“The most important thing that the library does is make it possible for me to get the articles that I need to do my research. That is absolutely the most important.”
This is what one of our most prominent and influential researchers said to me and a colleague the other day when we were interviewing her as part of our environmental scan of the University related to data services and technology infrastructure. Does she believe that the library provides other services? Yes. Does she think that we may have a role or two to play in the areas associated with data services and/or eScience? Without a doubt. But when asked the question, “What role can the library play in supporting your research?,” without hesitation, this was her answer. Our researchers cannot work without access to the literature and the library provides that. That role is the most important one.
I think it’s easy to interpret this comment in a negative light, after all, librarians have little of nothing to do anymore with making access to journals possible, at least not beyond negotiating license agreements and fulfilling the occasional ILL request. Once in awhile, I still walk up to the 3rd floor of the stacks, pull a print journal off of the shelf, and scan and email an article for a researcher too busy to walk to the library and get it him/herself. I don’t mind. It’s good exercise. But in terms of the many tasks that librarians once did that made articles accessible, from cataloging to systems design and maintenance, these are jobs that we have long since passed along to third party vendors; OCLC, Serials Solution, EBSCO, Thomson Reuters, and the like. These are the businesses that build the databases, aggregate and package our resources, provide the catalog records and metadata for articles, journals, books, et al. Librarians today simply purchase these products, put them in place for our users, and then let them use them. Oh sure, we still do some teaching and training and even a little searching ourselves from time to time, but when it comes to the most important thing that we do, in the eyes of countless patrons, we do very little. At least I do very little in that regard.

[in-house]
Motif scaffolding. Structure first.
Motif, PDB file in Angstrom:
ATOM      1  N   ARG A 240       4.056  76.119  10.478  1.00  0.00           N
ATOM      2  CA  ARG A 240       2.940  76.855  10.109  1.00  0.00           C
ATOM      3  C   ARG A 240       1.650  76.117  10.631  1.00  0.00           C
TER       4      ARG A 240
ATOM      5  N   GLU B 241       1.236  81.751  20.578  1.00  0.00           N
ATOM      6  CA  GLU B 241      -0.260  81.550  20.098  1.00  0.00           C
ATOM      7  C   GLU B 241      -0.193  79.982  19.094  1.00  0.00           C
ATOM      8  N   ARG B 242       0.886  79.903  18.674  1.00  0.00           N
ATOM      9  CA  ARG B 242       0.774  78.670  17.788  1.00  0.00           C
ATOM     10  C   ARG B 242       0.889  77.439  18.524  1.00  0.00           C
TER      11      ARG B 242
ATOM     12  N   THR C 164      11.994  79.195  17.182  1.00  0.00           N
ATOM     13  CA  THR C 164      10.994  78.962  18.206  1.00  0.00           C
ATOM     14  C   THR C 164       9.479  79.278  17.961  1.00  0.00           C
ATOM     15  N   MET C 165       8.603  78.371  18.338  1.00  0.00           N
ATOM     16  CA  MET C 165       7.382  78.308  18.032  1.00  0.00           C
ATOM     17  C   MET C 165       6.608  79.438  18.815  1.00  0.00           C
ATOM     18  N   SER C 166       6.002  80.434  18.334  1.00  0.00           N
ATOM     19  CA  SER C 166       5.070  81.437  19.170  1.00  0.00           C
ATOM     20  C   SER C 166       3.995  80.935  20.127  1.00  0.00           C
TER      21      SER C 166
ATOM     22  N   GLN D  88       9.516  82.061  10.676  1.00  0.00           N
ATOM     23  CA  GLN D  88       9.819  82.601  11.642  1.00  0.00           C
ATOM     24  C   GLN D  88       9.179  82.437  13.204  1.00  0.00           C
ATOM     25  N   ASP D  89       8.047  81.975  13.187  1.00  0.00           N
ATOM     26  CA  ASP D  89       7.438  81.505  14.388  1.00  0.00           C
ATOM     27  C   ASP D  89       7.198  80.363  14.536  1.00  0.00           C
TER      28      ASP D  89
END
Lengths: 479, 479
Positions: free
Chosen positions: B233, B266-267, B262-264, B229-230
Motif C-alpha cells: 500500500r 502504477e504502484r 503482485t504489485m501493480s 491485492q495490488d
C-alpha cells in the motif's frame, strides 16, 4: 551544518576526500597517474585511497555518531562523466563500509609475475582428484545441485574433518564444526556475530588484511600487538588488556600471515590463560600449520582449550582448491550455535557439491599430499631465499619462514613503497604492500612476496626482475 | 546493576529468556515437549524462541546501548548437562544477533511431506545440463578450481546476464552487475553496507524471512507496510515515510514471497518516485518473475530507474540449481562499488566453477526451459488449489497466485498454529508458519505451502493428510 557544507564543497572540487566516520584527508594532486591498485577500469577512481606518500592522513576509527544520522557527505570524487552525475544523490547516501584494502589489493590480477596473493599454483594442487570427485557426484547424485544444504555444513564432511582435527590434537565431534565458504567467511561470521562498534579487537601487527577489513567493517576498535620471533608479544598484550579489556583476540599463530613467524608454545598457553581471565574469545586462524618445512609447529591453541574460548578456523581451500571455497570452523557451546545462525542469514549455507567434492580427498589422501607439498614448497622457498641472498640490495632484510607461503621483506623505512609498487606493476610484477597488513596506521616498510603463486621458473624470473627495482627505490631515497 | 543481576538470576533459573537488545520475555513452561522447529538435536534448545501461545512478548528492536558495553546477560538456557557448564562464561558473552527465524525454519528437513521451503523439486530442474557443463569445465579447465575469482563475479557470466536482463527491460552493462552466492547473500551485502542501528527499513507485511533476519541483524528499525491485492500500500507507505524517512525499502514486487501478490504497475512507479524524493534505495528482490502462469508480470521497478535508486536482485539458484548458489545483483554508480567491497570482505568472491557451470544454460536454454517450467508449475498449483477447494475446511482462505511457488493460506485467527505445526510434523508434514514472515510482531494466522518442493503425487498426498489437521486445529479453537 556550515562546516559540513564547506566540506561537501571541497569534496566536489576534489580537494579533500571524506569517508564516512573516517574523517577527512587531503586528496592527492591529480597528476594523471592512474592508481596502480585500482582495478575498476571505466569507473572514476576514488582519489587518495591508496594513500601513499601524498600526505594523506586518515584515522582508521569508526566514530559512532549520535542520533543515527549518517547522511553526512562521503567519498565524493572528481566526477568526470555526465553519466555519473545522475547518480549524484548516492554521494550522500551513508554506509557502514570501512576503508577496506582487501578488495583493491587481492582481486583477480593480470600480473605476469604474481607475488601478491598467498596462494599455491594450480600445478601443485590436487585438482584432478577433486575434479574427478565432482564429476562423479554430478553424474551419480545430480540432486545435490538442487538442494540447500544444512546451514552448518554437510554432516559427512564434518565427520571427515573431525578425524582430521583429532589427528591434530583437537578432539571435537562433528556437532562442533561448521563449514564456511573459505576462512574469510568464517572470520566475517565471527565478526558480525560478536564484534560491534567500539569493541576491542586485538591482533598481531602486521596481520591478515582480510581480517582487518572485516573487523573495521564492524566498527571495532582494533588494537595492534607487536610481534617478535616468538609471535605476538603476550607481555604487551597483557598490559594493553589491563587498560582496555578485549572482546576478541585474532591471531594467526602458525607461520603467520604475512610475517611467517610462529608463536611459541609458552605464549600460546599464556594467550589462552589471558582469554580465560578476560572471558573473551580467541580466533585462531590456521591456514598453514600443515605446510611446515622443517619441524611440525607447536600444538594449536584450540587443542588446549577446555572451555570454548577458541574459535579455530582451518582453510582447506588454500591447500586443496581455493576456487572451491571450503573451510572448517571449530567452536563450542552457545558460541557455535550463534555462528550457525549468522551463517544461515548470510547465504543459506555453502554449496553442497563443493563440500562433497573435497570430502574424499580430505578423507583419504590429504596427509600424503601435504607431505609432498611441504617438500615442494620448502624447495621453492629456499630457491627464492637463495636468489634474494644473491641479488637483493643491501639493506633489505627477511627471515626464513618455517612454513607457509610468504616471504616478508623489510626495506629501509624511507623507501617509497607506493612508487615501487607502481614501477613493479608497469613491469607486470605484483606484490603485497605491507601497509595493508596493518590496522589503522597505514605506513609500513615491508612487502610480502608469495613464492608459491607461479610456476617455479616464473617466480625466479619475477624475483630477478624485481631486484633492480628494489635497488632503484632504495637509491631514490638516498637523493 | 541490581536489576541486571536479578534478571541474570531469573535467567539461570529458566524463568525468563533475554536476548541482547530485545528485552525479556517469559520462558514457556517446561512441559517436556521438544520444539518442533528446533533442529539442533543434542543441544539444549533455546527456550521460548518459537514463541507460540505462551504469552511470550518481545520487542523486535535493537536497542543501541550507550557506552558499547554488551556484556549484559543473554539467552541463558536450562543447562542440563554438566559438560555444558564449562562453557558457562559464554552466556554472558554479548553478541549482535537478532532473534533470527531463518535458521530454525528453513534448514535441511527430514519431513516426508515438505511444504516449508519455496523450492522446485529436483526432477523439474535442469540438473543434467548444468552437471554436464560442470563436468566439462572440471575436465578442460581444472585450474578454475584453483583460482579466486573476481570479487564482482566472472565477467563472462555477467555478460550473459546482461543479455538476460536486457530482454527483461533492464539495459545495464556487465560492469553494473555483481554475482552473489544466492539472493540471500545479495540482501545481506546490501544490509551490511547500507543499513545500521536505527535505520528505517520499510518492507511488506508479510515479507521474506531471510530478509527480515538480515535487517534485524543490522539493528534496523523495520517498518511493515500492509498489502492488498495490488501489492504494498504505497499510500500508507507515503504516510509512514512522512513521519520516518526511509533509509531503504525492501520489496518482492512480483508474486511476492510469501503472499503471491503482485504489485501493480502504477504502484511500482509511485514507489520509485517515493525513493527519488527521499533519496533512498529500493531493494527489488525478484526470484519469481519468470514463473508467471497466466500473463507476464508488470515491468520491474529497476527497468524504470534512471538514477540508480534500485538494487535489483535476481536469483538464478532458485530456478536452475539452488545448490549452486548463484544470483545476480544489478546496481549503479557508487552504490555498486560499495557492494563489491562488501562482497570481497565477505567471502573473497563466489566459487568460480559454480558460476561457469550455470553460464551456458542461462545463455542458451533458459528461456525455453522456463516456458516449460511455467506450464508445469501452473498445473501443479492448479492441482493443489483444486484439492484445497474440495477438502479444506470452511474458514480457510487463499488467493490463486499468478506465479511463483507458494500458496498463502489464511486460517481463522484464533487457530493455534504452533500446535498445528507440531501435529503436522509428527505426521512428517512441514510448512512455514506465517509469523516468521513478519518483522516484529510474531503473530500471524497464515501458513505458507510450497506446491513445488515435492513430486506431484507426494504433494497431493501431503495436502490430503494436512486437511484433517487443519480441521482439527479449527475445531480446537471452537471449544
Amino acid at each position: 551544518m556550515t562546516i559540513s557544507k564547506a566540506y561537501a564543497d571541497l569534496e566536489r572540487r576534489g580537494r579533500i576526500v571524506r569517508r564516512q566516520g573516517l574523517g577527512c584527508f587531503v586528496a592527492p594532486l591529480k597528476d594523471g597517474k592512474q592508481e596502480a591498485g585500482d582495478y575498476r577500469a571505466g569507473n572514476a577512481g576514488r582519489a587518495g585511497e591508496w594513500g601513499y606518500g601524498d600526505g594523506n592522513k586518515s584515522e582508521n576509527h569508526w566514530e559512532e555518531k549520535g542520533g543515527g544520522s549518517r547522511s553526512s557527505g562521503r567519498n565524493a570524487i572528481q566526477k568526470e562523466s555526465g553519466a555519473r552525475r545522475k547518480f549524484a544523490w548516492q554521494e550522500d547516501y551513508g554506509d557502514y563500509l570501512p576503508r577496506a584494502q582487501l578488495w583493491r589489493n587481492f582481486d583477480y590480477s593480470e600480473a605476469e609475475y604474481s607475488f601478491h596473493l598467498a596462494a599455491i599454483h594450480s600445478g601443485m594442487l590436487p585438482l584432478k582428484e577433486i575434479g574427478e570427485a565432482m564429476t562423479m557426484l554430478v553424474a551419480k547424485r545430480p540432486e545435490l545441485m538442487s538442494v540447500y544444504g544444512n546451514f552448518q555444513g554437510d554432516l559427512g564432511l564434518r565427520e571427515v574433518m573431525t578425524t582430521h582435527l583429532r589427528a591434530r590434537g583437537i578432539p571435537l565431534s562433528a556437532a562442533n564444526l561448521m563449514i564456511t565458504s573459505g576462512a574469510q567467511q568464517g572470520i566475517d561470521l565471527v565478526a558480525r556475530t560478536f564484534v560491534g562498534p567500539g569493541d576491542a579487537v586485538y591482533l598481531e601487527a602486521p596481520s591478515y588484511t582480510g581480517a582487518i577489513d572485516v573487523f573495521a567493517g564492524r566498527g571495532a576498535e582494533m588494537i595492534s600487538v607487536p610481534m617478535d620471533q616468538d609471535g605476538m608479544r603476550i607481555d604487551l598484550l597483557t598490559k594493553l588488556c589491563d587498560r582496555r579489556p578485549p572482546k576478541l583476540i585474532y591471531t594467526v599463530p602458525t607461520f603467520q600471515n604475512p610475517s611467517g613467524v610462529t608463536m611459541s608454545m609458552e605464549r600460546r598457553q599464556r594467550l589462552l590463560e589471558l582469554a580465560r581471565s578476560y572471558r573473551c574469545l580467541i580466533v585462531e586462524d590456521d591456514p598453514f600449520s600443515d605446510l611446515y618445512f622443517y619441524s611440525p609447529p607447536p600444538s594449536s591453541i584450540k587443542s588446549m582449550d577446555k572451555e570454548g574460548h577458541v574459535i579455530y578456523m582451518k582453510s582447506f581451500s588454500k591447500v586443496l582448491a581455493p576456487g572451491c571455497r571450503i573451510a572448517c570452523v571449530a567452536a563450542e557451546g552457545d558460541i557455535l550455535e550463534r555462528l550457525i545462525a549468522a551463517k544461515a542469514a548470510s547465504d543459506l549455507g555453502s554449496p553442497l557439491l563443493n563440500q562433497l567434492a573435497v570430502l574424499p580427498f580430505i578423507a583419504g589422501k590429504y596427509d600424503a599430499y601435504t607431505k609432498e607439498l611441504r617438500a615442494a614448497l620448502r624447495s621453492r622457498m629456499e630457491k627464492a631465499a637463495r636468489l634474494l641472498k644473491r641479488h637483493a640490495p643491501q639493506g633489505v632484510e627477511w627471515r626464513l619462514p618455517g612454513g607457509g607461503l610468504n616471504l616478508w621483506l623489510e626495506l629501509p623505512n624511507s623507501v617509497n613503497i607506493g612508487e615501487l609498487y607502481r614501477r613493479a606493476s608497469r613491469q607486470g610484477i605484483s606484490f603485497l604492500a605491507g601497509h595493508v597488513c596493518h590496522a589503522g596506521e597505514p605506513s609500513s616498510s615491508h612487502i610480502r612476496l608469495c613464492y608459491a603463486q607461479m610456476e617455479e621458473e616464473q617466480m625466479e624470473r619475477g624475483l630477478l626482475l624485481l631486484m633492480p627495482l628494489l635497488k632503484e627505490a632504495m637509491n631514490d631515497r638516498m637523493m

But I don’t necessarily want to see that as a negative thing. Instead, I hope that it’s something that we don’t lose sight of, because when it comes to what people think about the library, they still, overwhelmingly, think of us as a collector and provider of resources. In my library’s case, those resources are journals and journal articles. In the public library’s case, those resources are books. Fight it all you want, call yourself what you want, offer any number of other services that you wish, but for now, it remains the most important thing. People expect us to build collections of relevant resources and then make those collections easily available to them. If we do nothing else, we’re expected to do this.
This is likely because the task of building collections and making them accessible is what we do best. I’ll argue that it’s certainly what we do better than anyone else on my university campus. It’s what makes the library different from an archive or a museum or a storage unit or a high performance computing center or a networked drive or shared folders or… the Internet. Like an archive, we preserve things, but we don’t treat our things so special that you need white gloves to touch them. Like a museum, we collect things, but unlike the Metropolitan Museum of Art that’s only able to display a small percentage of the more than 2 million pieces in its permanent collection at any one time, we make our entire collection available to our patrons at all times. Like a high performance computing center, we accept and store data, but we also supply the necessary metadata to it and link it to other relevant sources so that users can both find it and put it in context. We share, just like folders on a shared drive, but (hopefully) in a much more organized and logical fashion.
In other words, the library has some very unique and very important characteristics in our role as collector and provider of resources. The ability of a patron to get an article easily may well be the tree that they see as the most prominent and we need to not lose sight of that tree as we’re trying hard to see the bigger forest. Instead, I think we need to remember to see both. Listening to this particular researcher this week, I was reminded to do just that.